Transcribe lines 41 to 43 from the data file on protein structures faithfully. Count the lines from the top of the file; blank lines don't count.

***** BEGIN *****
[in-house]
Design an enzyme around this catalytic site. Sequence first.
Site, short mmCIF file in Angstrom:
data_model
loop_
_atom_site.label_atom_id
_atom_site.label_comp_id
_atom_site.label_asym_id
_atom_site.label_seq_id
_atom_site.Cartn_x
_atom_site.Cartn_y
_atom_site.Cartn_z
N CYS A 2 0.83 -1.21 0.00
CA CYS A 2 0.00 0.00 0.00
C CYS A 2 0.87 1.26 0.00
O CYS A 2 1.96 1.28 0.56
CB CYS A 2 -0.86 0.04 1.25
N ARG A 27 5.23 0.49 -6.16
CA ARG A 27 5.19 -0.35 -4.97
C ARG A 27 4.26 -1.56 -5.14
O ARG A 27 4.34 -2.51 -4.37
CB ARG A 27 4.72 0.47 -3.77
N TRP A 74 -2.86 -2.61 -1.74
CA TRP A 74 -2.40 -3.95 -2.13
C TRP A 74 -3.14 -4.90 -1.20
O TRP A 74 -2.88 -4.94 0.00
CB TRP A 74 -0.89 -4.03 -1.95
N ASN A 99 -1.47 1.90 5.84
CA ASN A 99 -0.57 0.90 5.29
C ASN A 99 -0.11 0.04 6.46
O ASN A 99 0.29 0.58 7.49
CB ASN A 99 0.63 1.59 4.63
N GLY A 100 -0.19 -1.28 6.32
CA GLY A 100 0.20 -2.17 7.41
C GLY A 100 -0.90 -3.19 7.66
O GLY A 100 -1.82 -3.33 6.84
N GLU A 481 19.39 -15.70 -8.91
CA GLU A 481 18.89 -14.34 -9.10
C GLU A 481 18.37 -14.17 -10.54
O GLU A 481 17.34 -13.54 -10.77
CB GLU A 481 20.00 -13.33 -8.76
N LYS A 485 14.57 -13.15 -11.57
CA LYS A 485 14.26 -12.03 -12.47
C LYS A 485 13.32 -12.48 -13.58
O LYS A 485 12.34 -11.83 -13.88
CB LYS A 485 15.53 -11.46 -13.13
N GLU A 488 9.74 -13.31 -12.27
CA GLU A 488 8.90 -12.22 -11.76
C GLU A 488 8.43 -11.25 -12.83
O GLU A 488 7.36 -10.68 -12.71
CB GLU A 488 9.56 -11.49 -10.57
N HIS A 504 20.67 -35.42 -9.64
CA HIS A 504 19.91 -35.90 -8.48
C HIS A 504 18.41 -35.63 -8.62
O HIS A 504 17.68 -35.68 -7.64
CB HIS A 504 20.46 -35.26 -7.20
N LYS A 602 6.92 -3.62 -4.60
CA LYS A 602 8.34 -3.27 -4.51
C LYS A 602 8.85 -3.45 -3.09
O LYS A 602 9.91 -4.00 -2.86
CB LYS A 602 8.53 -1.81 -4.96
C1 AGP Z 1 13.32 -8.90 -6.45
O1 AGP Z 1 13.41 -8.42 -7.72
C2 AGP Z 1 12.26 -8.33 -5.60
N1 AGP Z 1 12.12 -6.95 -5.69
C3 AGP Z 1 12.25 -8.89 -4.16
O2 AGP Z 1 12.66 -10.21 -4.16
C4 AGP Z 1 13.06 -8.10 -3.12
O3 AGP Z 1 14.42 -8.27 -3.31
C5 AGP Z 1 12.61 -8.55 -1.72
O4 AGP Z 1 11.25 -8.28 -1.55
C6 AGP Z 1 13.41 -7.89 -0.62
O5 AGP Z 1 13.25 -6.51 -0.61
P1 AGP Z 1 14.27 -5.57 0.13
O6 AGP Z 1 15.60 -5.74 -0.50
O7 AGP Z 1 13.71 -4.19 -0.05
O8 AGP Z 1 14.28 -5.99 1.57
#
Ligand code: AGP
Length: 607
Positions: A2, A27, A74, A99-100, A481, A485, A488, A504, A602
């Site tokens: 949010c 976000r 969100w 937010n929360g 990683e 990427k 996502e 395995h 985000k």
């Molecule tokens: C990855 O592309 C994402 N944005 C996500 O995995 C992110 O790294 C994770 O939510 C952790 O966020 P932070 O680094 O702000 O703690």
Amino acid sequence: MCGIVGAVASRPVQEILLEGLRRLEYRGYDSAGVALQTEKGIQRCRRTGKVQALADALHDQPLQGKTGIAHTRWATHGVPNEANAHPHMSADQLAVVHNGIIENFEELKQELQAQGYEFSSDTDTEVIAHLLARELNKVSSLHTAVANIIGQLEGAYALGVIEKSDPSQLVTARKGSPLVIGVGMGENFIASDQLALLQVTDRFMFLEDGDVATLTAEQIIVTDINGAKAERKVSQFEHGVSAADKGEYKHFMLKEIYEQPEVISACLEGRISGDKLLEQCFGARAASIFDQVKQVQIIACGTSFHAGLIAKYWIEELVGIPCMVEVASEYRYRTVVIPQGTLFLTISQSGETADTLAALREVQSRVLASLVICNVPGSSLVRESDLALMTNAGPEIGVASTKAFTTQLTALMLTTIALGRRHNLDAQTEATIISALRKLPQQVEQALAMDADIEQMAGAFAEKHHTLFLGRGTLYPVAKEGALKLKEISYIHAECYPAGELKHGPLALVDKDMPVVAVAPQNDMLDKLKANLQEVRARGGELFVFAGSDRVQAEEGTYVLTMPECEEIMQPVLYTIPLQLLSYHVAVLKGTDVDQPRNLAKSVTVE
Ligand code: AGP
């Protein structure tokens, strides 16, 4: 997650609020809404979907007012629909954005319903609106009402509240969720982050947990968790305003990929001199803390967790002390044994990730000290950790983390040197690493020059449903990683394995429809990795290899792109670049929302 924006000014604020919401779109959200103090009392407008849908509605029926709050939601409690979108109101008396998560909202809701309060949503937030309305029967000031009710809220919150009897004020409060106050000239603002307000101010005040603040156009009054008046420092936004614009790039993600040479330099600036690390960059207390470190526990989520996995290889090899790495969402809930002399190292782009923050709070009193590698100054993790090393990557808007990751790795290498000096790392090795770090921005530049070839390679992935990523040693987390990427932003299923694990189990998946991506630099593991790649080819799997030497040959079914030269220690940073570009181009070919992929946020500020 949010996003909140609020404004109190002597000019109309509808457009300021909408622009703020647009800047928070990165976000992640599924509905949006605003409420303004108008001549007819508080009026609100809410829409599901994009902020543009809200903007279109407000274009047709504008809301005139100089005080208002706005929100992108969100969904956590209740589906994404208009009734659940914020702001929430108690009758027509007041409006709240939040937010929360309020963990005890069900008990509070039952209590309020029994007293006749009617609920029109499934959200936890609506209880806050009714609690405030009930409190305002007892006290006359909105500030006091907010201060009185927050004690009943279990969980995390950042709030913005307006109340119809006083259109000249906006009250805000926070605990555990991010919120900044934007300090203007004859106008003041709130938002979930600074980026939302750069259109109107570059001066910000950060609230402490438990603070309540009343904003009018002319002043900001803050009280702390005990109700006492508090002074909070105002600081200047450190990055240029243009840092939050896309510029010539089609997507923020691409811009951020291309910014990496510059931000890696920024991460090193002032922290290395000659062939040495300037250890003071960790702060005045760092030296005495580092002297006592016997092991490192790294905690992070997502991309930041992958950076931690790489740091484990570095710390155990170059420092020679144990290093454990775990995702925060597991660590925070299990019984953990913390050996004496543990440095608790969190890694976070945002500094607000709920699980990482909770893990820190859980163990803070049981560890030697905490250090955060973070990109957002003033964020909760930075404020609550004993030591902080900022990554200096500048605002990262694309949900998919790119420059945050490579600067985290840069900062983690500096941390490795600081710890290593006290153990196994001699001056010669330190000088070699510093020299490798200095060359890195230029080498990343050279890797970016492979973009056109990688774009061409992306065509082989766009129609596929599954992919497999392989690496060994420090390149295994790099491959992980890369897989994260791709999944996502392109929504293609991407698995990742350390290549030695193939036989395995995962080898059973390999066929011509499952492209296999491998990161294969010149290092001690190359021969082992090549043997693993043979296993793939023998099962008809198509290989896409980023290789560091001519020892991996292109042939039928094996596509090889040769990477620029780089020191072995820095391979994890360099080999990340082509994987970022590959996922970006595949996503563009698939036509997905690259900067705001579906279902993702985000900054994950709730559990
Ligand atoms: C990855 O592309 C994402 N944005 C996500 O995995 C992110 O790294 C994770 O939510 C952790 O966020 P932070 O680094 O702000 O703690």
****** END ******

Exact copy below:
CB GLU A 481 20.00 -13.33 -8.76
N LYS A 485 14.57 -13.15 -11.57
CA LYS A 485 14.26 -12.03 -12.47